Anyone who enters St Mary Of Eton church in the London suburb of Hackney Wick to attend a church service is surprised. Instead of sitting in pews, people sit on camp chairs and chat. Blocking the view of the colorful altar are construction fences with framed photos of British athletes hanging from them, and right next to them a child climbs around on an inflatable piece of gymnastics equipment.
A cafe with an art exhibition and children's playground – not a typical sight inside a church. However, Vicar Reuben Preston, who came up with the idea for the gastronomic use six months ago, thinks it makes perfect sense. A moment ago he was advising a single mother in his office; now he gets a cup of English tea with milk and sits down in his new cafe. "I don't want to convert anyone; I just want to offer tourists what they normally need when they're out and about; I started from myself there." That's why he installed a wi-fi router and provided a multiple socket in the church – to charge cell phones and cameras.
Behind the counter, Sandra Rex fills up milk jugs and sugar bowls. The east London native moved to Essex, 70 kilometers away, seven years ago – but she has remained loyal to her parish in Hackney Wick. Since the Games began in London, she has returned here every day to serve guests. "I think it's a wonderful idea," she says. "Our church is so beautiful – why should we use it only during the worship service?"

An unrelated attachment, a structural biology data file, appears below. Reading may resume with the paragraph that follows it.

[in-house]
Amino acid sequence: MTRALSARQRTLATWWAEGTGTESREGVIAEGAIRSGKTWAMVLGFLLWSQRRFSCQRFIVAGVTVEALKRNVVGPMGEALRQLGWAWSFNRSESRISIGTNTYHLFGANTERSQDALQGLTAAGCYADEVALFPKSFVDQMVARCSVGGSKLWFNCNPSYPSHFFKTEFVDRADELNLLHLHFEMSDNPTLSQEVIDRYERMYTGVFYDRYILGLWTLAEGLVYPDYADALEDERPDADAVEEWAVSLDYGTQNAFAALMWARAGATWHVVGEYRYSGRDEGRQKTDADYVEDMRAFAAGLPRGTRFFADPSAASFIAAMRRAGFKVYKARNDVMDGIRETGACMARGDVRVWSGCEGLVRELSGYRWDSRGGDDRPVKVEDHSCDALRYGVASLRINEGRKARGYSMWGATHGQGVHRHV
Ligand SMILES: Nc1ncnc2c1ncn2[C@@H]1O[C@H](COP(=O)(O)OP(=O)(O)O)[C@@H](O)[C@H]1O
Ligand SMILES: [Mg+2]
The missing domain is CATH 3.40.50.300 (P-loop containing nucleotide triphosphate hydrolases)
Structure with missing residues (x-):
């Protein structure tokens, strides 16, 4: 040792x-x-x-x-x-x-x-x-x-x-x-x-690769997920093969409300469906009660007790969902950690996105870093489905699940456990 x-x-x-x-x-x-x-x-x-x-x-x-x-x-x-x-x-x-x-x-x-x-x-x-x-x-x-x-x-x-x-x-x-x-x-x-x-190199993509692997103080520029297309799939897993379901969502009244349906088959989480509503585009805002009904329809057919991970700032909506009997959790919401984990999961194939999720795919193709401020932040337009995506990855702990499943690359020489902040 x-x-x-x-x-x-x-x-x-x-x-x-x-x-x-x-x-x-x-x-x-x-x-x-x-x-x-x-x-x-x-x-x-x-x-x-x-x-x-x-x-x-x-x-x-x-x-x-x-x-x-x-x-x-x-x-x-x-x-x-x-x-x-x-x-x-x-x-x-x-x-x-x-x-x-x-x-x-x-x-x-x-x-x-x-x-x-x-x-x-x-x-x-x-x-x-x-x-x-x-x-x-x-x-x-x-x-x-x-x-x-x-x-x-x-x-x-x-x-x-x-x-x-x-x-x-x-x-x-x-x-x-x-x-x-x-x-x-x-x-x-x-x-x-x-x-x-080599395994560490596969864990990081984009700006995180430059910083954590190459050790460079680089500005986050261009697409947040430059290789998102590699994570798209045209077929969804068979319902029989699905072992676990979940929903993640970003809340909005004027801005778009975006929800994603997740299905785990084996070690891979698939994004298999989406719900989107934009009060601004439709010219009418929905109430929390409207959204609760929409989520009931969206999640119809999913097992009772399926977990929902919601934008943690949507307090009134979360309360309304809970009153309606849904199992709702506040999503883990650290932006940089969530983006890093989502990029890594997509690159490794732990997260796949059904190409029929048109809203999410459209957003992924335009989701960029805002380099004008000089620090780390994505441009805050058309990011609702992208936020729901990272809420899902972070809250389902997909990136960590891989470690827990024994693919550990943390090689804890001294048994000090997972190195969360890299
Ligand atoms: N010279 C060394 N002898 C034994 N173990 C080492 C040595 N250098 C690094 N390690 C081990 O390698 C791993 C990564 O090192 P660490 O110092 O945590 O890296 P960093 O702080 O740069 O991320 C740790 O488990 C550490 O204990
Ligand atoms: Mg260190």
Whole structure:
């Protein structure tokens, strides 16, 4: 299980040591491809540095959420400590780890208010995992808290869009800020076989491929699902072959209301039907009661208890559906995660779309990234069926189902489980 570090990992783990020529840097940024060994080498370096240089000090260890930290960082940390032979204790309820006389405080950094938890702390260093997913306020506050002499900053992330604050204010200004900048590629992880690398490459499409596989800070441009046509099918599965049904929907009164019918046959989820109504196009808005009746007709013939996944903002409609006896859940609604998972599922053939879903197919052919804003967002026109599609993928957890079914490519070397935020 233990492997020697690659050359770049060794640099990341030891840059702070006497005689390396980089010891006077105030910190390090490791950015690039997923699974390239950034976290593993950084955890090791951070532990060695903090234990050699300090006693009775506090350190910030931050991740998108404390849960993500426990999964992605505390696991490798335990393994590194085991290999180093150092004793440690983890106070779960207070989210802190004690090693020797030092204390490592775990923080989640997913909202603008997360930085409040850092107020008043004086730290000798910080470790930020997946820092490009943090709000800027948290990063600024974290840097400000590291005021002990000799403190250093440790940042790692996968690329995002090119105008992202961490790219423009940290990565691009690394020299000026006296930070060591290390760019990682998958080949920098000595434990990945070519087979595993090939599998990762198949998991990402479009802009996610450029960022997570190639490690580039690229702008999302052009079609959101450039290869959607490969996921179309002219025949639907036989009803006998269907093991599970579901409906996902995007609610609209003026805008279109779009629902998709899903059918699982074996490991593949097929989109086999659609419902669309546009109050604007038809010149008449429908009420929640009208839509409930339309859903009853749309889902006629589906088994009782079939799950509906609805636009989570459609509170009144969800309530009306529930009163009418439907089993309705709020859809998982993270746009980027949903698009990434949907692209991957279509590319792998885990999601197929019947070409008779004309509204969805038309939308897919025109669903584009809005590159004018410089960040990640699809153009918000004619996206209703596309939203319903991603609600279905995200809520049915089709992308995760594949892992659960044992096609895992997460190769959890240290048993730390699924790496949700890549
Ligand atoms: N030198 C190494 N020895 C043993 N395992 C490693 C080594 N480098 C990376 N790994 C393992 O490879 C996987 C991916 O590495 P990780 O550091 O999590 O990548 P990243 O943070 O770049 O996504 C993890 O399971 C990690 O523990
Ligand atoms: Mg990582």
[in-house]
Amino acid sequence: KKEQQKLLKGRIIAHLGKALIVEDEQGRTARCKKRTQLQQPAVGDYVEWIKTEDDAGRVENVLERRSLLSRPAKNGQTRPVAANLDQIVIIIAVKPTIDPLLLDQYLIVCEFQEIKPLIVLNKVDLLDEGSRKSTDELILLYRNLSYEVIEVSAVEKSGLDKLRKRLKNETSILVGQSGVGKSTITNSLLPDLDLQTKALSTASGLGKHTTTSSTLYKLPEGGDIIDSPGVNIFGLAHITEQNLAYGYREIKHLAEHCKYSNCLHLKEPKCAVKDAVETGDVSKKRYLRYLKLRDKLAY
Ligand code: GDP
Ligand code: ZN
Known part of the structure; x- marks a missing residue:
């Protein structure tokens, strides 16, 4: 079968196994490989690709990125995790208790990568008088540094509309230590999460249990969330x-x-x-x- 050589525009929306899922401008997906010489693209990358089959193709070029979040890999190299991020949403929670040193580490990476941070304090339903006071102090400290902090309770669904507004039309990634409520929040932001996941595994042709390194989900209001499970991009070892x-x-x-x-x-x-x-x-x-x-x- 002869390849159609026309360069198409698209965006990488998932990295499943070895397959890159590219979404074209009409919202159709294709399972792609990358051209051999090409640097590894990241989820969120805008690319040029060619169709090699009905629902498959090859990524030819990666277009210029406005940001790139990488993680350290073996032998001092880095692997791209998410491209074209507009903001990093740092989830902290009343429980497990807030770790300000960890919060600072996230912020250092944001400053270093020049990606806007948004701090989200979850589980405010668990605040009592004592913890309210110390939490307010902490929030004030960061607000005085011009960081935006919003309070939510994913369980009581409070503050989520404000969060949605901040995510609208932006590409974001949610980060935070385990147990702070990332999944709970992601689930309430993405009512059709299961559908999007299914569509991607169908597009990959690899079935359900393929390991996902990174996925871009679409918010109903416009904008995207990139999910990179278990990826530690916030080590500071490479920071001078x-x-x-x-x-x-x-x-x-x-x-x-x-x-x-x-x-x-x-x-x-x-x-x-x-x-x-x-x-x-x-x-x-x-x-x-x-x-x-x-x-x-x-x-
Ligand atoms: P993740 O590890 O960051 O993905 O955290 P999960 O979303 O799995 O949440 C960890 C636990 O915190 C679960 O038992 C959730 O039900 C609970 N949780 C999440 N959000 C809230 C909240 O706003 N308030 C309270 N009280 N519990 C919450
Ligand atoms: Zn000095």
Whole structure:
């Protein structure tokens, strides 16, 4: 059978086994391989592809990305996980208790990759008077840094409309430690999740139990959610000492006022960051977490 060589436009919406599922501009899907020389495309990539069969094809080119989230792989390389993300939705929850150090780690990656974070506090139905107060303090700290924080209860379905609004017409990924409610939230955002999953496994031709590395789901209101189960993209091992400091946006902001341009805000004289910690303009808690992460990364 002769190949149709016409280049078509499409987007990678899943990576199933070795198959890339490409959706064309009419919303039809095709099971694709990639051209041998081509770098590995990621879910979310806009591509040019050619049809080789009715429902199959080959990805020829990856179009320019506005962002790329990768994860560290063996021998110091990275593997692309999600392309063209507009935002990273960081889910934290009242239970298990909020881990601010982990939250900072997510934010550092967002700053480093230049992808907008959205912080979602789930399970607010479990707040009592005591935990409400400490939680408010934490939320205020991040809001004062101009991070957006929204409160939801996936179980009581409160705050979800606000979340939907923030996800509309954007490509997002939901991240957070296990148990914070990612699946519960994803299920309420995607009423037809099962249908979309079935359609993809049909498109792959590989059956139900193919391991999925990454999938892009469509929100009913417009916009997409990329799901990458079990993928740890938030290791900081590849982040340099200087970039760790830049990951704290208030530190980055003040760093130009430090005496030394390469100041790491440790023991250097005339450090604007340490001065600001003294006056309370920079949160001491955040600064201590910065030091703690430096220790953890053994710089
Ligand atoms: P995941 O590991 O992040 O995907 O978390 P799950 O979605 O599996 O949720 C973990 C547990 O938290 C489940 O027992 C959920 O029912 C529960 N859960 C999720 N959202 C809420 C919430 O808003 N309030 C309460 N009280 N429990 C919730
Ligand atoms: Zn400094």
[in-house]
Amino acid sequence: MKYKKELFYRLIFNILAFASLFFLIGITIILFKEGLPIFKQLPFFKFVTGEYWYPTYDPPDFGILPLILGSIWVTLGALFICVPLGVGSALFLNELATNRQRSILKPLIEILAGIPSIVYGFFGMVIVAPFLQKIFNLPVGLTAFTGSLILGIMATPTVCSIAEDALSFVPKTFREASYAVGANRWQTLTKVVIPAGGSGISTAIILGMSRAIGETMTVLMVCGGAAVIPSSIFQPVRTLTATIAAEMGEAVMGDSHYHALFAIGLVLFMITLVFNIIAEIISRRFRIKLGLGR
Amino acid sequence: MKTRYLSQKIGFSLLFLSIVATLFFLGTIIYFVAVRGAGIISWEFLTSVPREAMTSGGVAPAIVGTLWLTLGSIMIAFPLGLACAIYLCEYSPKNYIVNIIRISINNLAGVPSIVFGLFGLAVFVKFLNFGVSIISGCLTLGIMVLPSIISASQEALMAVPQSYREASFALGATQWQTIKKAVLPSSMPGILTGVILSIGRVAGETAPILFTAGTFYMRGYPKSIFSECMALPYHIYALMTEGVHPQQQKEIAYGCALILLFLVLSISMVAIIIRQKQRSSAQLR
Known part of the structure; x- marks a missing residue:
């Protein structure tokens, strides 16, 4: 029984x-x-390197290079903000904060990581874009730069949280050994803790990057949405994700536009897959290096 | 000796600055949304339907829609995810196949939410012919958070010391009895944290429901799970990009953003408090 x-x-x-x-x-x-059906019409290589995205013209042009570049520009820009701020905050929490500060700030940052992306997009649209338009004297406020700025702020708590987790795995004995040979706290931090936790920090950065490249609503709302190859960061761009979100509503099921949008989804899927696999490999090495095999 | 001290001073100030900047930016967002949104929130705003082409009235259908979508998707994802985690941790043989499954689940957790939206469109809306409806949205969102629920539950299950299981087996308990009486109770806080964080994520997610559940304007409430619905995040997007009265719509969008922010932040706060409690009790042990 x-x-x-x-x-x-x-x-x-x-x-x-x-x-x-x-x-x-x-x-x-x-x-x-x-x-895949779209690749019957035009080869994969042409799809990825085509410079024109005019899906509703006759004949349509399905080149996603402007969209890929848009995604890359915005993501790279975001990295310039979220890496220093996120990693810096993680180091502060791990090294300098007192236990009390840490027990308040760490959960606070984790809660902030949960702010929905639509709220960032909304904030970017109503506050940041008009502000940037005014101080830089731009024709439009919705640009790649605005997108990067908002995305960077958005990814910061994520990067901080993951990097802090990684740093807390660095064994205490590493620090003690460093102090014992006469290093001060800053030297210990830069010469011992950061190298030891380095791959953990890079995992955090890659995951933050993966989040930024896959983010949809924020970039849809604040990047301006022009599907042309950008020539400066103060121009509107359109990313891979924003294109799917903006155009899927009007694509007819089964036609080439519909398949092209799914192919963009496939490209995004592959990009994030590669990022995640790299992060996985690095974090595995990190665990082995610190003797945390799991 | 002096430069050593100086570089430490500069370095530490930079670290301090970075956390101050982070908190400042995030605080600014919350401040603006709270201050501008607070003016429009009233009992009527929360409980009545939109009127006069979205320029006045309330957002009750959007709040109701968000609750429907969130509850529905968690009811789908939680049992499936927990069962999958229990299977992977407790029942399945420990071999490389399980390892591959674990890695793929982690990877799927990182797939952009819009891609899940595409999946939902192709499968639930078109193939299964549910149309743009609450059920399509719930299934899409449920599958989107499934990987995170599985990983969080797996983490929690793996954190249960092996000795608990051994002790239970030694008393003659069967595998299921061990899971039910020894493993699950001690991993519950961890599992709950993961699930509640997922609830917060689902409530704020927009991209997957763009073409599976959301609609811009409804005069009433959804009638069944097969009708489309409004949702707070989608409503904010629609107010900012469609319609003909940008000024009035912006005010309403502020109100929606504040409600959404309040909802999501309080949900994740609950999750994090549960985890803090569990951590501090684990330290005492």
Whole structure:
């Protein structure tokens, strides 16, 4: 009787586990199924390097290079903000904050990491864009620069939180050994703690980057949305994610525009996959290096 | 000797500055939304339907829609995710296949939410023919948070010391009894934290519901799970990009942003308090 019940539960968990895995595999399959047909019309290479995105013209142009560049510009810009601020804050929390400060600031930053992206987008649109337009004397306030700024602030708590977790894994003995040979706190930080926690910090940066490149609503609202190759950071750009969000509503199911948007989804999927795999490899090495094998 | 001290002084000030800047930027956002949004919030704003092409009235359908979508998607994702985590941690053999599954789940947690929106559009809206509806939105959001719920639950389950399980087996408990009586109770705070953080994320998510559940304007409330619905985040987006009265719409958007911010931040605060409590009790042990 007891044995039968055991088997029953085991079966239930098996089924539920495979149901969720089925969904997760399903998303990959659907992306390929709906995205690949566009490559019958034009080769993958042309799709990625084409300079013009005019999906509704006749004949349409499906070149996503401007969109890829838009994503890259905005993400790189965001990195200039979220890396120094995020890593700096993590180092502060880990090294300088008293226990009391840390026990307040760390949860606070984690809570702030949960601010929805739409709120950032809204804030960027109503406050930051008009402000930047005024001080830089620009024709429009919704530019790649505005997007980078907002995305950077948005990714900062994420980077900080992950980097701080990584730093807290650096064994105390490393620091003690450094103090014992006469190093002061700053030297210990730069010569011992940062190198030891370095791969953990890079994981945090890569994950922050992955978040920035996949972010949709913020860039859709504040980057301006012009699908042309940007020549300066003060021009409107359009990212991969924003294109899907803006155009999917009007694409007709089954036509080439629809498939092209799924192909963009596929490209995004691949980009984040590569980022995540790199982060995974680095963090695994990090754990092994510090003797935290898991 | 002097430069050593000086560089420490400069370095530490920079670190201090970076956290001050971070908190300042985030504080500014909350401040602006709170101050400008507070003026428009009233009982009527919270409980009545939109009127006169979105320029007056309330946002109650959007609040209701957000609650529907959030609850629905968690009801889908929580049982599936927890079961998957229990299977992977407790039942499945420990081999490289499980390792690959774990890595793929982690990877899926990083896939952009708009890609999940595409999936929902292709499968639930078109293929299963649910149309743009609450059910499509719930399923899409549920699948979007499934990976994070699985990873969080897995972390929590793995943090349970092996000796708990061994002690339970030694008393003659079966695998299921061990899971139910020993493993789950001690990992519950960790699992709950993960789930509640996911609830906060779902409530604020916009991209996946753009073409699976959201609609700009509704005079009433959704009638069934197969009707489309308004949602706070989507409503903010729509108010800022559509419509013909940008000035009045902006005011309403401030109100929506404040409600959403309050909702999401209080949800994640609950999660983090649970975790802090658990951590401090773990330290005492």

Art and commerce
Art and commerce in the church? "Something like this would not be possible in a Catholic church in Germany," says church law expert Beatrix Laukemper-Isermann from Munster, Germany. "In a rite of profanation, one would first have to deprive them of their pastoral purpose." In the Church Of England, the Anglican state church of England, however, this is allowed.
Vicar Preston, now 47, was also once an artist himself before he began his priestly career. Until just under a year ago, he worked in a parish on the south coast of England, "but then I missed the variety". That's why he moved to London.
Here he finds the desired colorfulness, for example in the form of young artists who are looking for a platform to exhibit their works, even if it is only the construction fence in the church. In the photos posted there, a young gymnast balances on a balance beam, and a pregnant field hockey player poses with her stick in front of a bale of straw. Three years of work by photographers Ginny Jory and Laura Woolnough went into the two dozen portraits of British athletes.
The church tower is reached by 128 steps of a steep, narrow spiral staircase. Once at the top, Preston points to the Olympic Stadium and the Olympic observation tower – both of which can be admired from here. "At five pounds, our steeple tour is much cheaper than the one up the Olympic observation tower," Preston said with a laugh. But the hoped-for streams of tourists fail to materialize.
"Even though we're so close to the Olympic Stadium, few stray into our outlying district of Hackney Wick," says the clergyman.
"Signs will be posted only for the shopping centers and the route to downtown."
The church is all the more meeting place for parishioners and their friends during the games. Maureen Sinclair Benstead has made herself comfortable with a cup of tea and is reading. "To support the cafe operation, I also bring my friends and international Olympic guests with me." She hopes the proceeds will benefit the building project the church has been planning for 20 years. It needs a new roof.